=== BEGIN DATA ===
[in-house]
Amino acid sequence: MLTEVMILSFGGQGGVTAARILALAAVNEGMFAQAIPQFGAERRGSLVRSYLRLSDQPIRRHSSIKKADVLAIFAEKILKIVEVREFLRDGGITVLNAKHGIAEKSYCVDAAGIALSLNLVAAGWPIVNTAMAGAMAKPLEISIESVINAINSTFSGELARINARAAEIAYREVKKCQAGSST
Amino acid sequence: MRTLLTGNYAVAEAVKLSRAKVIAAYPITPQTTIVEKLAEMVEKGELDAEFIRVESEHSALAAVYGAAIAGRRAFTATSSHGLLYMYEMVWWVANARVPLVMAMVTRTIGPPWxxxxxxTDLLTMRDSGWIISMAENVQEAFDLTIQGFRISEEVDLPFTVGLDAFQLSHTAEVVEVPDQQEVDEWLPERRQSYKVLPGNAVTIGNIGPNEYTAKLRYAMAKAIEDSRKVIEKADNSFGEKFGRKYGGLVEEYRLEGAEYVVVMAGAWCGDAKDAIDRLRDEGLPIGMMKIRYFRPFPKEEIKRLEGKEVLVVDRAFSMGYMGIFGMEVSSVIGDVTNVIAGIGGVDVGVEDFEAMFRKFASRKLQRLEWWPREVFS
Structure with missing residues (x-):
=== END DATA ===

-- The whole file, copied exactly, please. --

[in-house]
Amino acid sequence: MLTEVMILSFGGQGGVTAARILALAAVNEGMFAQAIPQFGAERRGSLVRSYLRLSDQPIRRHSSIKKADVLAIFAEKILKIVEVREFLRDGGITVLNAKHGIAEKSYCVDAAGIALSLNLVAAGWPIVNTAMAGAMAKPLEISIESVINAINSTFSGELARINARAAEIAYREVKKCQAGSST
Amino acid sequence: MRTLLTGNYAVAEAVKLSRAKVIAAYPITPQTTIVEKLAEMVEKGELDAEFIRVESEHSALAAVYGAAIAGRRAFTATSSHGLLYMYEMVWWVANARVPLVMAMVTRTIGPPWxxxxxxTDLLTMRDSGWIISMAENVQEAFDLTIQGFRISEEVDLPFTVGLDAFQLSHTAEVVEVPDQQEVDEWLPERRQSYKVLPGNAVTIGNIGPNEYTAKLRYAMAKAIEDSRKVIEKADNSFGEKFGRKYGGLVEEYRLEGAEYVVVMAGAWCGDAKDAIDRLRDEGLPIGMMKIRYFRPFPKEEIKRLEGKEVLVVDRAFSMGYMGIFGMEVSSVIGDVTNVIAGIGGVDVGVEDFEAMFRKFASRKLQRLEWWPREVFS
Structure with missing residues (x-):